Whether it’s within our teams, our organisations and, without being too glib, within ourselves – how can we ensure that our own thoughts and motivations aren’t negatively affecting the way we work, the people we work with and the people we build products and services for?

Excerpt image from the Cognitive Bias Cheat Sheet.

We’ve previously discussed how to avoid bias in user testing on the blog, and this largely comes down to encouraging qualitative real-world insight from observing user behaviour when deciding on improvements – not confirming our own bias about the way things ‘ought to be done’.

However, how do you spread this user-centred thinking into everything your team does? We took to the UX community on Twitter and asked them their thoughts on the following questions:

  • How can we best identify the biases within our teams, including ourselves?
  • How should we talk about biases to ensure a non-threatening, productive discussion?
  • How do we monitor for regressive thinking and new biases throughout the design process?

Below is a round-up of the best and most helpful responses, which will hopefully arm you in your own fight against bias.

This conversation was hosted by Karen Bachmann, Senior User Experience Designer for Design for Context. You’ll find many of Karen’s helpful comments throughout the following discussions.

Encourage diversity

Listen to as many different voices from as many different backgrounds as possible. Open yourself up to every viewpoint. Encourage, listen and support. When it comes to building a product, remember that you are not necessarily your user.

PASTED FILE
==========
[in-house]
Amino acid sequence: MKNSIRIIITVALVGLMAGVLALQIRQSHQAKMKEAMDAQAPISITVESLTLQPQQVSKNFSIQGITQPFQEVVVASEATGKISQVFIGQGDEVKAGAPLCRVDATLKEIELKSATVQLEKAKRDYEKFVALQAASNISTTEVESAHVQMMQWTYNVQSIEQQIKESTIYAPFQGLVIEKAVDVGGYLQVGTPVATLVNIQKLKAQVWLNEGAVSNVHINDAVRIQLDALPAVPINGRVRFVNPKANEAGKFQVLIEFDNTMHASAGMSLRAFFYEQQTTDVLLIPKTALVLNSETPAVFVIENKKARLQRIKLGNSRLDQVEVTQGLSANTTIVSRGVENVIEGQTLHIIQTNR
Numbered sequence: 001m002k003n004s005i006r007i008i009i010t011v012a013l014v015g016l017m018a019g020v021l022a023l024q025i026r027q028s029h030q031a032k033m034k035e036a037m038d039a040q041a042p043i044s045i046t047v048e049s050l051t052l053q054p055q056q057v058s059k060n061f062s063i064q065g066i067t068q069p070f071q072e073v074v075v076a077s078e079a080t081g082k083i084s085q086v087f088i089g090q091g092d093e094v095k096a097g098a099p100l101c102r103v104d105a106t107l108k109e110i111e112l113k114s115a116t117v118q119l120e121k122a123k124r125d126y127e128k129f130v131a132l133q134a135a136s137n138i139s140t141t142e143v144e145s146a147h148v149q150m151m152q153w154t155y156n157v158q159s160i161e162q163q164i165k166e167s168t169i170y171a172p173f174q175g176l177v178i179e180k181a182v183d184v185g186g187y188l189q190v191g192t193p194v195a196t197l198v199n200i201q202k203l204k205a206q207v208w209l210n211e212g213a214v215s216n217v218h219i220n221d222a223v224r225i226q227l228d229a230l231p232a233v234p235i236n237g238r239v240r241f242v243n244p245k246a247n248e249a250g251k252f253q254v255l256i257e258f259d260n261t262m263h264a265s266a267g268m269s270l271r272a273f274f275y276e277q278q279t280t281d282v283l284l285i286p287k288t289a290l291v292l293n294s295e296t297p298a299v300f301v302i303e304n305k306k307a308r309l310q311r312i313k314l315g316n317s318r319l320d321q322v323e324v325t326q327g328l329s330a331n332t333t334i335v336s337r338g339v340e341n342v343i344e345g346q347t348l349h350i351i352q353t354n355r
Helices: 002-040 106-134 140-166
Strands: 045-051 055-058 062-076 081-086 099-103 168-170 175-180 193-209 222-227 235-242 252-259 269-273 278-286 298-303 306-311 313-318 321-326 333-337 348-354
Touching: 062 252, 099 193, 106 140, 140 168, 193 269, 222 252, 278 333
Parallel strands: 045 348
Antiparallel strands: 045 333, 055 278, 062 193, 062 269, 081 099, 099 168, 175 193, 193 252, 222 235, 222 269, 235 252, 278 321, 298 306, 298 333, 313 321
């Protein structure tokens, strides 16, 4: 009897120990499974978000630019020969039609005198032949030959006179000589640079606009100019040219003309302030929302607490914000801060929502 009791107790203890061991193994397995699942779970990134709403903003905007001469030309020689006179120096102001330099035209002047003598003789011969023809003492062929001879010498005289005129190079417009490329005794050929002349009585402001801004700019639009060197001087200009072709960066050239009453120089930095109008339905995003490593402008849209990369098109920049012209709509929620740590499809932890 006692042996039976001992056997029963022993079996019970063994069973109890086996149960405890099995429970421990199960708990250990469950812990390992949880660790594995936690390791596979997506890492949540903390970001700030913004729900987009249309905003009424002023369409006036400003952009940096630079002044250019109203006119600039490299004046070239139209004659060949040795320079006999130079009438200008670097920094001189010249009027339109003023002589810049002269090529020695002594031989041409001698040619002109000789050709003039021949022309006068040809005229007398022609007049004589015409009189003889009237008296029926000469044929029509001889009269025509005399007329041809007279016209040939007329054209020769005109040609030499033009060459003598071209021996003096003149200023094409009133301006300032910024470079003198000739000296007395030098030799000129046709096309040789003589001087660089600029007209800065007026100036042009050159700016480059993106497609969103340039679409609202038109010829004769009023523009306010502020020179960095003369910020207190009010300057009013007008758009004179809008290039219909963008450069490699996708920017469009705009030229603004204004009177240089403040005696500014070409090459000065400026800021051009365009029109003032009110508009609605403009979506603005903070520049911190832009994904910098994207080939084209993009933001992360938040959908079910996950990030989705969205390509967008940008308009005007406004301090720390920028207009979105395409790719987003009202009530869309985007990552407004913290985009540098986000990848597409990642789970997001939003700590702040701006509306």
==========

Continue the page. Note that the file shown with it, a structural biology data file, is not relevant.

Step back from your ego

Understand that having biases is a part of being human. The hard part is ensuring you manage them in a constructive, positive way.

Always be talking

If we strive for a culture where we’re having open and honest conversations, then we’ll always be mindful of everyone’s point-of-view and recognise when our own biases are surfacing.


Do we need to add a specific time in the diary for regular self-reflection? If it doesn’t come naturally, then maybe we do.

Beware of ‘groupthink’

If you’re only making decisions as one whole group (especially one that lacks diversity) then you’re more likely to push through faulty decisions based on group pressure. As Psychologists for Social Responsibility states, “A group is especially vulnerable to groupthink when its members are similar in background.”

Uncover biases as early as possible

Factor in time at the beginning of a project in order to surface any possible biases within your team.

Bring in a moderator

Perhaps an independent party can see your team more clearly for what it truly reflects? Just remember this comes with its own challenges…

Be transparent

Be open in everything you do, it’s an important way to build trust in teams.

Be inclusive

Also be mindful of more vulnerable members of a team. It’s not easy for everyone to ‘speak up’ and voice their opinion, so don’t assume someone doesn’t have input if they’re not part of the conversation. Find a way to talk to them via other channels.

Focus on the data

Data has no bias. However the people reporting the data can be biased, so make sure you’re asking the right questions and make sure everyone has access to the source of the data.

Encourage safe spaces and secure channels

If group discussions are steam-rollered by the loudest voices in the room, perhaps you should hold one-to-one sessions. Or your team may benefit from Slack, where members may be more comfortable in articulating their thoughts and ideas.

Have empathy, always

Everything here can be distilled to this very point – empathy. Always listen to and understand the feelings of other people.

Thanks so much for everyone who took part in #UXchat this week. Please follow us and tune into Twitter every Thursday at 4pm for more insightful UX based discussion.